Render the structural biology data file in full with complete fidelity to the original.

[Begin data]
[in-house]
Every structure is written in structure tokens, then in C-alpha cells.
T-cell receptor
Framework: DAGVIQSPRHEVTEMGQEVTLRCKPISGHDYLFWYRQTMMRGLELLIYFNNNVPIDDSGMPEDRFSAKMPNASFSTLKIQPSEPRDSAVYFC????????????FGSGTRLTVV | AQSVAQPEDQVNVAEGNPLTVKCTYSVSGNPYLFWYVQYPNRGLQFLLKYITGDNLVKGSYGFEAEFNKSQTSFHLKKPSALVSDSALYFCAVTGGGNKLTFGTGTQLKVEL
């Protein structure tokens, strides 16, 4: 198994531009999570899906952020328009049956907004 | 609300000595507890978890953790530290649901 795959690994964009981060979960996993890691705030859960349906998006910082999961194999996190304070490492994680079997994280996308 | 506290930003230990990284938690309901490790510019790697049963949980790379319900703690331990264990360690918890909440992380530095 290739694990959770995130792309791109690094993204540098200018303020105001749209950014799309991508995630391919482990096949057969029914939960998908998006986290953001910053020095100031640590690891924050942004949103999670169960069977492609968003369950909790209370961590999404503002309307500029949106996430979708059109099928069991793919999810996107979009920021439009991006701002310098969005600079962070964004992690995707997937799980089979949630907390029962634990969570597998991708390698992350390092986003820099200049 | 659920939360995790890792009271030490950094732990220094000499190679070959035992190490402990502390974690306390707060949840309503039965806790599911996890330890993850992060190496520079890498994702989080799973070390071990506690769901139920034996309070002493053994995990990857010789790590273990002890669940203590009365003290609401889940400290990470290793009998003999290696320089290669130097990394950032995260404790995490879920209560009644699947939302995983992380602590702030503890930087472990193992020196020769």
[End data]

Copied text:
[in-house]
Every structure is written in structure tokens, then in C-alpha cells.
T-cell receptor
Framework: DAGVIQSPRHEVTEMGQEVTLRCKPISGHDYLFWYRQTMMRGLELLIYFNNNVPIDDSGMPEDRFSAKMPNASFSTLKIQPSEPRDSAVYFC????????????FGSGTRLTVV | AQSVAQPEDQVNVAEGNPLTVKCTYSVSGNPYLFWYVQYPNRGLQFLLKYITGDNLVKGSYGFEAEFNKSQTSFHLKKPSALVSDSALYFCAVTGGGNKLTFGTGTQLKVEL
């Protein structure tokens, strides 16, 4: 198994531009999570899906952020328009049956907004 | 609300000595507890978890953790530290649901 795959690994964009981060979960996993890691705030859960349906998006910082999961194999996190304070490492994680079997994280996308 | 506290930003230990990284938690309901490790510019790697049963949980790379319900703690331990264990360690918890909440992380530095 290739694990959770995130792309791109690094993204540098200018303020105001749209950014799309991508995630391919482990096949057969029914939960998908998006986290953001910053020095100031640590690891924050942004949103999670169960069977492609968003369950909790209370961590999404503002309307500029949106996430979708059109099928069991793919999810996107979009920021439009991006701002310098969005600079962070964004992690995707997937799980089979949630907390029962634990969570597998991708390698992350390092986003820099200049 | 659920939360995790890792009271030490950094732990220094000499190679070959035992190490402990502390974690306390707060949840309503039965806790599911996890330890993850992060190496520079890498994702989080799973070390071990506690769901139920034996309070002493053994995990990857010789790590273990002890669940203590009365003290609401889940400290990470290793009998003999290696320089290669130097990394950032995260404790995490879920209560009644699947939302995983992380602590702030503890930087472990193992020196020769």